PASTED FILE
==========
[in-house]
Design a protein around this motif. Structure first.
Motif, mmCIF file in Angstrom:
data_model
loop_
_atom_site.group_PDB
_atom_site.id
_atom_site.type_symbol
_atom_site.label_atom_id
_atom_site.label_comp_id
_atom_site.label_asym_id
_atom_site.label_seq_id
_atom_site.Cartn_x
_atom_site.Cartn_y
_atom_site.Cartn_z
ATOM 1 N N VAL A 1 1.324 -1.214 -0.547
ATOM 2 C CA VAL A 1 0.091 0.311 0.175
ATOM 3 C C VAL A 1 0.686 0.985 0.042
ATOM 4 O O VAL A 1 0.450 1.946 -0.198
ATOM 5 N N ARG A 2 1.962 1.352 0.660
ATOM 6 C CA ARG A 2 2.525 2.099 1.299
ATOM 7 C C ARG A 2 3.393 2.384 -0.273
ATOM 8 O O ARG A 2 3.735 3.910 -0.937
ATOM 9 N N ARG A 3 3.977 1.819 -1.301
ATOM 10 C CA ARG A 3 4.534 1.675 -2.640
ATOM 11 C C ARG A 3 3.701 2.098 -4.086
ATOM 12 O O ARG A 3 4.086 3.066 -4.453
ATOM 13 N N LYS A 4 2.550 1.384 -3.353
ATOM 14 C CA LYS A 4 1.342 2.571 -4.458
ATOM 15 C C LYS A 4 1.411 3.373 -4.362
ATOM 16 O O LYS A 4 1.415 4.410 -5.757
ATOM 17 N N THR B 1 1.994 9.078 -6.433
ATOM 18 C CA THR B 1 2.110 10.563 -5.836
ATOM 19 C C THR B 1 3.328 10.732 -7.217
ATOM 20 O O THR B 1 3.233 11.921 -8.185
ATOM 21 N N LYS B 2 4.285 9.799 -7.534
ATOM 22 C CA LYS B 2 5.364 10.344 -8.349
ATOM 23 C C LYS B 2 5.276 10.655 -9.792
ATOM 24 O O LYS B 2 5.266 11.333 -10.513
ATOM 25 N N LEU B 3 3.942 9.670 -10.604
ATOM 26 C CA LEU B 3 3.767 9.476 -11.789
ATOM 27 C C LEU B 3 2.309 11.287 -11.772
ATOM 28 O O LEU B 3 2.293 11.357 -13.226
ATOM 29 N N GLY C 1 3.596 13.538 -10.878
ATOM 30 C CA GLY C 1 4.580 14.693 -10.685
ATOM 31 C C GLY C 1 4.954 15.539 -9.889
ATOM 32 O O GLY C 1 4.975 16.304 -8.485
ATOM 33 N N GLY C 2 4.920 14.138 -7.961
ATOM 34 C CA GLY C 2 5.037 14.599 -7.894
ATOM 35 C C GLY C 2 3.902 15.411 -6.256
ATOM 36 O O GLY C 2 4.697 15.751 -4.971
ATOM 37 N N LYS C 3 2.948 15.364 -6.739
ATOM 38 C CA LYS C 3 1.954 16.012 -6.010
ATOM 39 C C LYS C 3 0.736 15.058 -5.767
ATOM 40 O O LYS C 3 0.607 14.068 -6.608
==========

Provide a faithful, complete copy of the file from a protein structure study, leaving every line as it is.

[in-house]
Design a protein around this motif. Structure first.
Motif, mmCIF file in Angstrom:
data_model
loop_
_atom_site.group_PDB
_atom_site.id
_atom_site.type_symbol
_atom_site.label_atom_id
_atom_site.label_comp_id
_atom_site.label_asym_id
_atom_site.label_seq_id
_atom_site.Cartn_x
_atom_site.Cartn_y
_atom_site.Cartn_z
ATOM 1 N N VAL A 1 1.324 -1.214 -0.547
ATOM 2 C CA VAL A 1 0.091 0.311 0.175
ATOM 3 C C VAL A 1 0.686 0.985 0.042
ATOM 4 O O VAL A 1 0.450 1.946 -0.198
ATOM 5 N N ARG A 2 1.962 1.352 0.660
ATOM 6 C CA ARG A 2 2.525 2.099 1.299
ATOM 7 C C ARG A 2 3.393 2.384 -0.273
ATOM 8 O O ARG A 2 3.735 3.910 -0.937
ATOM 9 N N ARG A 3 3.977 1.819 -1.301
ATOM 10 C CA ARG A 3 4.534 1.675 -2.640
ATOM 11 C C ARG A 3 3.701 2.098 -4.086
ATOM 12 O O ARG A 3 4.086 3.066 -4.453
ATOM 13 N N LYS A 4 2.550 1.384 -3.353
ATOM 14 C CA LYS A 4 1.342 2.571 -4.458
ATOM 15 C C LYS A 4 1.411 3.373 -4.362
ATOM 16 O O LYS A 4 1.415 4.410 -5.757
ATOM 17 N N THR B 1 1.994 9.078 -6.433
ATOM 18 C CA THR B 1 2.110 10.563 -5.836
ATOM 19 C C THR B 1 3.328 10.732 -7.217
ATOM 20 O O THR B 1 3.233 11.921 -8.185
ATOM 21 N N LYS B 2 4.285 9.799 -7.534
ATOM 22 C CA LYS B 2 5.364 10.344 -8.349
ATOM 23 C C LYS B 2 5.276 10.655 -9.792
ATOM 24 O O LYS B 2 5.266 11.333 -10.513
ATOM 25 N N LEU B 3 3.942 9.670 -10.604
ATOM 26 C CA LEU B 3 3.767 9.476 -11.789
ATOM 27 C C LEU B 3 2.309 11.287 -11.772
ATOM 28 O O LEU B 3 2.293 11.357 -13.226
ATOM 29 N N GLY C 1 3.596 13.538 -10.878
ATOM 30 C CA GLY C 1 4.580 14.693 -10.685
ATOM 31 C C GLY C 1 4.954 15.539 -9.889
ATOM 32 O O GLY C 1 4.975 16.304 -8.485
ATOM 33 N N GLY C 2 4.920 14.138 -7.961
ATOM 34 C CA GLY C 2 5.037 14.599 -7.894
ATOM 35 C C GLY C 2 3.902 15.411 -6.256
ATOM 36 O O GLY C 2 4.697 15.751 -4.971
ATOM 37 N N LYS C 3 2.948 15.364 -6.739
ATOM 38 C CA LYS C 3 1.954 16.012 -6.010
ATOM 39 C C LYS C 3 0.736 15.058 -5.767
ATOM 40 O O LYS C 3 0.607 14.068 -6.608